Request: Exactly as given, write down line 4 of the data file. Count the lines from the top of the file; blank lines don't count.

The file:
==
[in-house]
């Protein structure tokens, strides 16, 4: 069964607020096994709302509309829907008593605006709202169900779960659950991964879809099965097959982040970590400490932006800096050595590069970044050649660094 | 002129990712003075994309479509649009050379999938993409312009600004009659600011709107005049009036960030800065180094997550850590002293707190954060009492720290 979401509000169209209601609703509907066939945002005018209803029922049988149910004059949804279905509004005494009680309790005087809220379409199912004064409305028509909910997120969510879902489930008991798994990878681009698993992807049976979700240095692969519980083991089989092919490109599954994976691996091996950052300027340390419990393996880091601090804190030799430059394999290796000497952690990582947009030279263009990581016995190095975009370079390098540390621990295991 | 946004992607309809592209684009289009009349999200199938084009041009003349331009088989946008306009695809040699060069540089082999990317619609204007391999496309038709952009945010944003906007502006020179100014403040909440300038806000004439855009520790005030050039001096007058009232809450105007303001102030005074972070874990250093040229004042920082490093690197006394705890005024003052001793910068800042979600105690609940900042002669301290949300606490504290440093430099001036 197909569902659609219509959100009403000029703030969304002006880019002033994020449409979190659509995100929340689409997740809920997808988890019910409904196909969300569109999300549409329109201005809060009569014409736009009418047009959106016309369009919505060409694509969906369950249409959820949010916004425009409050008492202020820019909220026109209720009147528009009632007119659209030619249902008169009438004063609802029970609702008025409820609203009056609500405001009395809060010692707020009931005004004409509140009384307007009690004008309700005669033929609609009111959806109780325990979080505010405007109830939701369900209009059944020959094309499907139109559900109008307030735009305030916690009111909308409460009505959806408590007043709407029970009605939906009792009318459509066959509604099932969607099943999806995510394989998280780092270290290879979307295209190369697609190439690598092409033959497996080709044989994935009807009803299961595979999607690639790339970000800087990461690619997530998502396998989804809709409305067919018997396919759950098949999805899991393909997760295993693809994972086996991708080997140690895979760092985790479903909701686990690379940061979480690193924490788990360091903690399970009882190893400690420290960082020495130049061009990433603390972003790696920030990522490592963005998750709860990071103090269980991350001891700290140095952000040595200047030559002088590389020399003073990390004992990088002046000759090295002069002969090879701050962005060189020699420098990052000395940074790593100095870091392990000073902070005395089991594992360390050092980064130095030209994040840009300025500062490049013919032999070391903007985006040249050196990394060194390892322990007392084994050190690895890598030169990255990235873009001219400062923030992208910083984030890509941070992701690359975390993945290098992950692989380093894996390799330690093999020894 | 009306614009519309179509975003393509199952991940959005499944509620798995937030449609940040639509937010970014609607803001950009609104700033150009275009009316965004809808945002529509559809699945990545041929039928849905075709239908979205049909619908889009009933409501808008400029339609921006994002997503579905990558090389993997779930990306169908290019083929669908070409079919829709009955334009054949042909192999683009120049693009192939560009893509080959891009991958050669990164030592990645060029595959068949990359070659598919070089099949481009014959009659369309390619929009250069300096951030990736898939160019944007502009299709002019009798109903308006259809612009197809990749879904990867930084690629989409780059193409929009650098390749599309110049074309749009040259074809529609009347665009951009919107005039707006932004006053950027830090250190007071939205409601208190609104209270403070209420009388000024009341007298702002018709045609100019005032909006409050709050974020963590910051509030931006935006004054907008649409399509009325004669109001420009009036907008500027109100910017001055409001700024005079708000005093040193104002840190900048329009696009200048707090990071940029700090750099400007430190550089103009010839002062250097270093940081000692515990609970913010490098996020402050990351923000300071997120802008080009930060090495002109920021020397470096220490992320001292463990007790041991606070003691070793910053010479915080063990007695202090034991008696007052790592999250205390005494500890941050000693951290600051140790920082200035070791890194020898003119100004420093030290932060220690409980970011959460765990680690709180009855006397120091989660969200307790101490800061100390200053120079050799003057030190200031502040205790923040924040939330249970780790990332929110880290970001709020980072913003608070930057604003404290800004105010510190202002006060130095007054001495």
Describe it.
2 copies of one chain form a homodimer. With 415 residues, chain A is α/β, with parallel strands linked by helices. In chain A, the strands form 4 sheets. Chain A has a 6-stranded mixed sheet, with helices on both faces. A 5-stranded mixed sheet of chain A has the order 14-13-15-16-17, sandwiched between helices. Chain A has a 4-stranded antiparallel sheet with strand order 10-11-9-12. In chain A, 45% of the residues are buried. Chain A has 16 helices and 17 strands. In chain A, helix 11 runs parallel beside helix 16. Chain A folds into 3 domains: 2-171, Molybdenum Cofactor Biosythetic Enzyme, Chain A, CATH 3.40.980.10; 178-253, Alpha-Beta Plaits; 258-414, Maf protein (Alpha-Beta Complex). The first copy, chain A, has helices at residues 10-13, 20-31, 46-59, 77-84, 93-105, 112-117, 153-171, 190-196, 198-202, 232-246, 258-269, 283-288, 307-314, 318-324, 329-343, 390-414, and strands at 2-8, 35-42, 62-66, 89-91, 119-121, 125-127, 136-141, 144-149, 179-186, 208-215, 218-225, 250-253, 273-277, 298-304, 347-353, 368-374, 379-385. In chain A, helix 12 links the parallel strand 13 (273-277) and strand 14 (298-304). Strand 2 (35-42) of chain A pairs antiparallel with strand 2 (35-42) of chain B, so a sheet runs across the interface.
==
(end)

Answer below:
2 copies of one chain form a homodimer. With 415 residues, chain A is α/β, with parallel strands linked by helices. In chain A, the strands form 4 sheets. Chain A has a 6-stranded mixed sheet, with helices on both faces. A 5-stranded mixed sheet of chain A has the order 14-13-15-16-17, sandwiched between helices. Chain A has a 4-stranded antiparallel sheet with strand order 10-11-9-12. In chain A, 45% of the residues are buried. Chain A has 16 helices and 17 strands. In chain A, helix 11 runs parallel beside helix 16. Chain A folds into 3 domains: 2-171, Molybdenum Cofactor Biosythetic Enzyme, Chain A, CATH 3.40.980.10; 178-253, Alpha-Beta Plaits; 258-414, Maf protein (Alpha-Beta Complex). The first copy, chain A, has helices at residues 10-13, 20-31, 46-59, 77-84, 93-105, 112-117, 153-171, 190-196, 198-202, 232-246, 258-269, 283-288, 307-314, 318-324, 329-343, 390-414, and strands at 2-8, 35-42, 62-66, 89-91, 119-121, 125-127, 136-141, 144-149, 179-186, 208-215, 218-225, 250-253, 273-277, 298-304, 347-353, 368-374, 379-385. In chain A, helix 12 links the parallel strand 13 (273-277) and strand 14 (298-304). Strand 2 (35-42) of chain A pairs antiparallel with strand 2 (35-42) of chain B, so a sheet runs across the interface.